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More than beans: hummus program opens opportunities at L’Arche Boston North

Six members of the Homemade Hummus program at L'Arche Boston North stand around a white board in a kitchen wearing aprons, gloves, face masks, and hats.
There are many ways L’Arche Boston North community member Megan McCarthy might spend her days but, for now, she spends a lot of time in a kitchen making hummus. 

“I enjoy making hummus,” she said. “It allows me to spend time with friends, learn new things and build my confidence.” 

The flavorful Mediterranean treat does more than satisfy the cravings of Megan and her friends. The L’Arche Boston North community has taken its love for making hummus all the way to the market.  

L’Arche Boston North’s Homemade Hummus program started a few years ago as a group opportunity that also provided exposure to some vocational skills, but the zeal for hummus couldn’t stay in the kitchen.  Soon after its start, hummus made with love by L’Arche Boston North community members was stocked and sold at the farmers markets in Haverhill, Mass.  

Of course, the effort is about far more than chickpeas and olive oil.  

“What makes us different is that we put relationships first,” Assistant Culinary Program Leader Sophie Leblanc-Mederios said. “Each person has time to see and be seen, contribute, learn and make mistakes in the safety of compassionate support. It may sound corny, but it works because we care so much about one another.” 

It’s care that ends up in packages of hummus that are gaining popularity. Culinary program leader Scott Sanderson says the rewards are greater than the food that’s created.  

“The program has been built on the foundation of making hummus, but as we build on this foundation it allows people of all abilities to have a sense of purpose and inclusiveness to learning culinary skills,” he said.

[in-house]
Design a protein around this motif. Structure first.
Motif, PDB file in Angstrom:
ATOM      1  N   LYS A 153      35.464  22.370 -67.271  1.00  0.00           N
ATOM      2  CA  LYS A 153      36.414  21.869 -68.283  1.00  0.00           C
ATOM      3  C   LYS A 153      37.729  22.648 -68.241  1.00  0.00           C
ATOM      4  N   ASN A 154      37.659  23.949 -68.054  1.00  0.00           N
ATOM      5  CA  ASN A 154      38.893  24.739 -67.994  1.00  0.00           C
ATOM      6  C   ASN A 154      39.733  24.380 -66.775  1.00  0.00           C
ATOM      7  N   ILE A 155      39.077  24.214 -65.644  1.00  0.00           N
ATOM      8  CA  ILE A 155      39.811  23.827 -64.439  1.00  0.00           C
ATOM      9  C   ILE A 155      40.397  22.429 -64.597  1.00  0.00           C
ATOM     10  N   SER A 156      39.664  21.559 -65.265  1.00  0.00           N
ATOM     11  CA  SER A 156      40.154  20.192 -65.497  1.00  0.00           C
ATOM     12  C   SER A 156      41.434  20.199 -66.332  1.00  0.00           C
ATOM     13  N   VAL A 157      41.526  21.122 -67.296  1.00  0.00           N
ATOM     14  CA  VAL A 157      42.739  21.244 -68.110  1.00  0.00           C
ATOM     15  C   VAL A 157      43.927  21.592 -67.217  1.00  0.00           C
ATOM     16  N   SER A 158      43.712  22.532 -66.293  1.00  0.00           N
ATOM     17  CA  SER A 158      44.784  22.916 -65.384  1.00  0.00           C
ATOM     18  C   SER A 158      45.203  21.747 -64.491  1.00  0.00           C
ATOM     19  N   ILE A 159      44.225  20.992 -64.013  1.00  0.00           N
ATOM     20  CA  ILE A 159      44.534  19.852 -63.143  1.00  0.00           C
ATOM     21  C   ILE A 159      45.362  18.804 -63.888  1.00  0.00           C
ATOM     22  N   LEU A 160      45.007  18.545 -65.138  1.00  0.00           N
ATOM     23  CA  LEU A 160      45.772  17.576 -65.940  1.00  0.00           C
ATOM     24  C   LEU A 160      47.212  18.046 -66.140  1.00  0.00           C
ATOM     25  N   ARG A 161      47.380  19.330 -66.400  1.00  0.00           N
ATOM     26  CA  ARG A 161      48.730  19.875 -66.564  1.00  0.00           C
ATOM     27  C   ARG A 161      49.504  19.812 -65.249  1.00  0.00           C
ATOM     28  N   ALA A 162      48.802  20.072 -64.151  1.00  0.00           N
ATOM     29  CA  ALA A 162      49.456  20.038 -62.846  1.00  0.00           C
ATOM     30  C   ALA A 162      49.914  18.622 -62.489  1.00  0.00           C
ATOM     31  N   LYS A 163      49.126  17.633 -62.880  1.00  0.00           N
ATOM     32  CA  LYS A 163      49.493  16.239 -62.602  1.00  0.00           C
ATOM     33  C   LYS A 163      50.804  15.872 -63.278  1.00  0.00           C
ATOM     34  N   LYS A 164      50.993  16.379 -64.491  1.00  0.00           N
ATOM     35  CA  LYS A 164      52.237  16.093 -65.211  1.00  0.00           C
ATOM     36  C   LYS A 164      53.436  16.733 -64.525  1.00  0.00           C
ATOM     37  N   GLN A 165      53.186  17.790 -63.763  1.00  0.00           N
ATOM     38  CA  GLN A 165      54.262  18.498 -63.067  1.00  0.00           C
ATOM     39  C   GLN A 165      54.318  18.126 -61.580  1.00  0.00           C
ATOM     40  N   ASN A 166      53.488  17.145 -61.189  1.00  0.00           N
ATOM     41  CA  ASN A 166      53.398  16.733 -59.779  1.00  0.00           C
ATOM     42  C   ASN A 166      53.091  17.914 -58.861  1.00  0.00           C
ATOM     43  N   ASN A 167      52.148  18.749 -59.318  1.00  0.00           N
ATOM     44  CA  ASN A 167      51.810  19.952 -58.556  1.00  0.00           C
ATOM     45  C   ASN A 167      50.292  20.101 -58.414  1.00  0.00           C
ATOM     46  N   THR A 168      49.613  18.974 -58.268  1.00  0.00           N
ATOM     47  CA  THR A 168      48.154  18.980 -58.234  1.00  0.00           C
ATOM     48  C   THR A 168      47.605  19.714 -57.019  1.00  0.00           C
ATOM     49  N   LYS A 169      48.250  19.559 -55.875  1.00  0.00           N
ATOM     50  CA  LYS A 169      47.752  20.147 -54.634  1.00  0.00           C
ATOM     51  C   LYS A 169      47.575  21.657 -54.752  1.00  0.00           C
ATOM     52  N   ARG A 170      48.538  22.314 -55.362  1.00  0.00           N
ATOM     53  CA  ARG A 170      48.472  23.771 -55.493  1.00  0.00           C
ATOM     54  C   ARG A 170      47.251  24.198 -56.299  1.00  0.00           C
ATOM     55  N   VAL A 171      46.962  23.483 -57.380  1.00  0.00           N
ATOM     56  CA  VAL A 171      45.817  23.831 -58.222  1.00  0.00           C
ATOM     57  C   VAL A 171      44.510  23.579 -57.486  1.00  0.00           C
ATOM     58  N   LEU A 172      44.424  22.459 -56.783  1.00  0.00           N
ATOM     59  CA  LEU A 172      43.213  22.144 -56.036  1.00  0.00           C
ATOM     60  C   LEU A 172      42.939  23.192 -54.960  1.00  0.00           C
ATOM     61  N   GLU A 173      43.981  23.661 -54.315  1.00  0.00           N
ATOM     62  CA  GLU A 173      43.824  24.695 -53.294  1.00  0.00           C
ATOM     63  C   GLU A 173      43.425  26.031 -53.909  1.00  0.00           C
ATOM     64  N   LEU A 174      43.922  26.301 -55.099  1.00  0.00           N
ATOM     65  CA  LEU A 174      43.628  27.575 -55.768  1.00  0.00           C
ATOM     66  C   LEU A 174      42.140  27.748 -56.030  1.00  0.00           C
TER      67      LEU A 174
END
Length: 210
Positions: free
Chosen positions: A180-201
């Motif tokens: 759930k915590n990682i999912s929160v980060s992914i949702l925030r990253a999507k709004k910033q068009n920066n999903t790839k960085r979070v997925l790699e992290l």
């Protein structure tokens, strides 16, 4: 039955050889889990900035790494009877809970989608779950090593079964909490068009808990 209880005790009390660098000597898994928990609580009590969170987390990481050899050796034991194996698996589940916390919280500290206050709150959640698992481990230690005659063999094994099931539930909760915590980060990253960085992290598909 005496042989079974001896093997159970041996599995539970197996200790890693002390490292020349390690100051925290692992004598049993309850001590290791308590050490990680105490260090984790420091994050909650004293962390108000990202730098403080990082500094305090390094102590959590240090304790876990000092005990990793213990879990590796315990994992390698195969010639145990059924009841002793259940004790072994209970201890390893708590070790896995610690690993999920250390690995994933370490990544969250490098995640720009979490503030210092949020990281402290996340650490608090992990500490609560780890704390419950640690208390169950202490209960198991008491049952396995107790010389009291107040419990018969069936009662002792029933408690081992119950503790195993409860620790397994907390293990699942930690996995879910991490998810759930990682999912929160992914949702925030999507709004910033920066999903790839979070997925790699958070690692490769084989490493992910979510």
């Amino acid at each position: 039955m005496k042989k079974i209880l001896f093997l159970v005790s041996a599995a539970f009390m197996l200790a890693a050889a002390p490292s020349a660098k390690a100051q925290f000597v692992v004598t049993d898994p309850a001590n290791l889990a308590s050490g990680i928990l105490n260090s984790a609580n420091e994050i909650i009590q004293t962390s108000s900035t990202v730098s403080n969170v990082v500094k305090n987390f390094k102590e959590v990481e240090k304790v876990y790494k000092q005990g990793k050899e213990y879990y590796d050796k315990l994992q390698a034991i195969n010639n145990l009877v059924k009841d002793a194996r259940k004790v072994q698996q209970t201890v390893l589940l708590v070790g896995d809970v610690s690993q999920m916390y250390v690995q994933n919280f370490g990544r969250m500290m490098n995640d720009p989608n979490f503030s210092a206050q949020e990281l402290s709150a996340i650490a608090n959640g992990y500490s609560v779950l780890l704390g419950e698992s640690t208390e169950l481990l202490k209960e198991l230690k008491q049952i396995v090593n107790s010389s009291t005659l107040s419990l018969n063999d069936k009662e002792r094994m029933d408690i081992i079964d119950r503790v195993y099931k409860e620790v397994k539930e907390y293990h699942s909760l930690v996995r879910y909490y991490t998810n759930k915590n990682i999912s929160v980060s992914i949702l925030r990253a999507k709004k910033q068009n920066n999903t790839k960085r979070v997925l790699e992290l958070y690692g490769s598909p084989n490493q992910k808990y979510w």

As the kitchen is often the heart of a L’Arche home, it’s natural that cooking would be an offering that spills into the wider community. While their fellow L’Arche residents gain the most immediate benefits from the students’ fledgling skill, the L’Arche Boston North kitchen crew plans to support Off the Streets, a local soup kitchen and homeless outreach ministry. 

“We are inviting the community to share in our mission, while also changing the narrative of how the world views people with disabilities,”  L’Arche Boston North community leader Jen Matthews said. “We’re breaking down the barriers and stereotypes of people with disabilities as being recipients of charity. In turn, we demonstrate the dynamic gifts and skills people with disabilities have to enrich their communities.” 

It’s already a key ingredient in enriching Megan’s life.  

“I hope to continue to work in program to enjoy more people who can also grow through the program and take what I learned home to my house and family,” she said.  

Learn more about the hummus program on L’Arche Boston North’s website.

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